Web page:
What type of witchcraft is this?

2018-04-27

Searching through the web, you find a video on YouTube that leave you speechless: an entire orchestra playing with digital scores that advance by themselves, without the need for the musician to turn the page. Under the video, a user's comment says: "an incredible app that will change the way musicians read and play music".

It seems that the app in question is called BlackBinder. We could not resist looking for the website and know more about it, and we have to say that it looks very, very good.

According to its website, BlackBinder is a patented technology, and there is a multidisciplinary team of 12 people behind it. It is a reader of digital sheet music, without paging.

Us human do stupid things sometimes. Since music has always been written on sheets of paper, and paper has space limitations, inevitably there are scores that occupy several sheets and cause the musician to have to turn from page to another. With the arrival of the digital age, we have blindly called scores that are simply in PDF format "digital scores", but they have the same limitations as sheets of paper (you have to turn the page/s). What BlackBinder does, however, is to visualize a true digital score; that is, a score that really takes advantage of the possibilities of digital format, and therefore not necessary to turn pages because it has no limitations of space.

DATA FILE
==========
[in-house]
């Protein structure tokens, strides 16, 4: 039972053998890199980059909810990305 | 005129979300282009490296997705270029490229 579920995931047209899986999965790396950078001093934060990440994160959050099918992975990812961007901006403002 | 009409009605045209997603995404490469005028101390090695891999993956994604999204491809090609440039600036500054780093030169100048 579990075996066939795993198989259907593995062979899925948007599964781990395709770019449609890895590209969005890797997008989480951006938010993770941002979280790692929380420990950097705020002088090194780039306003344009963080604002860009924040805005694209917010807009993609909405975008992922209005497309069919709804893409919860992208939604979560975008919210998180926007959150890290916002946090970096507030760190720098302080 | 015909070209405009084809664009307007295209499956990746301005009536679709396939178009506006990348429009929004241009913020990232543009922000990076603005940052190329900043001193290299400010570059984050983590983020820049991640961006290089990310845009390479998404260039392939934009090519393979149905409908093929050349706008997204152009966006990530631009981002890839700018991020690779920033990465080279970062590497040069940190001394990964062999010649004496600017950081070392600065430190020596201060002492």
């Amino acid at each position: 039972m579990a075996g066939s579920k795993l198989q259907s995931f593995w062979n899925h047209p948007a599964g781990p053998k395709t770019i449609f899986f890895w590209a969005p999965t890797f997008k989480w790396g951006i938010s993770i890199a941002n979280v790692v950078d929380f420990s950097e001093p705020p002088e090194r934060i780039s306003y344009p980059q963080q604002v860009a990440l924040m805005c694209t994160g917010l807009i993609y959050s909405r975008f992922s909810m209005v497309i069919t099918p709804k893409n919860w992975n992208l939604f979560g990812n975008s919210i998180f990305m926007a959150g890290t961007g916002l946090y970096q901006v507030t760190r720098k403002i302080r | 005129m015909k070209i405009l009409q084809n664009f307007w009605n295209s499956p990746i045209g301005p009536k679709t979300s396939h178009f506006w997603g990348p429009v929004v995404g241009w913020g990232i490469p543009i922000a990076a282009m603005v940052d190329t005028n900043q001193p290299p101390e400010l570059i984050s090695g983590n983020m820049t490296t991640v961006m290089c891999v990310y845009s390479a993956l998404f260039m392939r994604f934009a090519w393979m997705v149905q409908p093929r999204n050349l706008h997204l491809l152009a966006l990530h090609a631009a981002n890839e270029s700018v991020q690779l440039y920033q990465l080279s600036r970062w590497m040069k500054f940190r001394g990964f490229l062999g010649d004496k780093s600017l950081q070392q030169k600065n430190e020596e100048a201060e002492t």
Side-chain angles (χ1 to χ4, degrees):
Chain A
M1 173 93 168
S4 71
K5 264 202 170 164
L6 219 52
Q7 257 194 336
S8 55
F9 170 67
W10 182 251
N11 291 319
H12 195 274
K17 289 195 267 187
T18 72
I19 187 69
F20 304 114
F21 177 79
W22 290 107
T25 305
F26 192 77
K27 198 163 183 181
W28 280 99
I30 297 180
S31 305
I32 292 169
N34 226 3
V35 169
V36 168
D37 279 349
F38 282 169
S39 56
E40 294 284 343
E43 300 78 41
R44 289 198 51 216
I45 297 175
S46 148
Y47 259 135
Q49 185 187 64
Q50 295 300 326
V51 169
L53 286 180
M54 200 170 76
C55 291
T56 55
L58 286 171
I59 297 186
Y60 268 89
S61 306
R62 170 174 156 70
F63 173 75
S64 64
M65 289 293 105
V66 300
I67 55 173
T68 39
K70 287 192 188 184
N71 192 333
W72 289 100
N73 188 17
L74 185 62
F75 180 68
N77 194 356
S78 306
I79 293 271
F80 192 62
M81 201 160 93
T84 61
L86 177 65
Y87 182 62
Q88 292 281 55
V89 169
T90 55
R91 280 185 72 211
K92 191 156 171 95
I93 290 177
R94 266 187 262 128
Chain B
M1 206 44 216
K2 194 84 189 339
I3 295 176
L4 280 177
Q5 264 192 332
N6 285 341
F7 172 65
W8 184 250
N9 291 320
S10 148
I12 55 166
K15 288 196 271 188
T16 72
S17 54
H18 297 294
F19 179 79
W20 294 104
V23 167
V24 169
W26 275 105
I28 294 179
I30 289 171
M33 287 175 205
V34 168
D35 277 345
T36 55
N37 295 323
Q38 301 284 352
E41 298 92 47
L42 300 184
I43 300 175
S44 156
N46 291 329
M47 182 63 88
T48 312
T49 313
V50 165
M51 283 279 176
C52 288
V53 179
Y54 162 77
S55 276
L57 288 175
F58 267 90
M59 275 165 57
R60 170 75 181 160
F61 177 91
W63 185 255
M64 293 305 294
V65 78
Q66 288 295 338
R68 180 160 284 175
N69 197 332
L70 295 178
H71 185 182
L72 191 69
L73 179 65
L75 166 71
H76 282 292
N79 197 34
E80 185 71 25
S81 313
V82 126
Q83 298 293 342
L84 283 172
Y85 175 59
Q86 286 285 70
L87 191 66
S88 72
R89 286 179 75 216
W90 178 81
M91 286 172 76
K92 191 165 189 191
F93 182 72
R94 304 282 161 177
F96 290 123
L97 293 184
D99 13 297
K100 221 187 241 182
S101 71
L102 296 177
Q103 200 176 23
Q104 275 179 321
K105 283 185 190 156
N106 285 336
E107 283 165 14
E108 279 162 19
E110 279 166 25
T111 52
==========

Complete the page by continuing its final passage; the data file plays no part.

On the official website, we see a download link in the App Store. According to the description of the application, it has two functions: you can set the metronome speed at which you want the staves to advance, or you can make BlackBinder "listen to you" by using the microphone of your device and the staves move according to your interpretation.

Stop to think about what you just read… This can be a real revolution.

Here you can see an entire orchestra playing Mozart's Symphony No. 40 with BlackBinder, using tablets instead of tradition music stands:

It does not stop here. In the App Store there are screenshots of the application, which show how you can also take notes directly on the digital music sheet:

It turns out that these annotations are layered, so you can make several versions of the same score. For example, it occurs to us that if you are a teacher and you are working on the Haydn Concert with your students, you can use layer 1 to annotate student 1, then use layer 2 for student 2, and so on. And then you can share each layer with your respective student.

If this is correct, we can truly say that we are facing a true technological transformation in the world of music. Perhaps there are those who are not yet aware of it, but we here at Trumpetland, other musicians, and lovers of technological progress have marveled at the product. This is a big deal!

Unfortunately, we do not know more about BlackBinder, because it seems that it can only be downloaded by invitation for the time being. But we promise that we will do everything possible to contact the developers behind this technological wonder and have them tell us exactly what they are creating, and if we can do anything to help so that trumpet players may benefit from BlackBinder through Trumpetland.

We will keep you informed!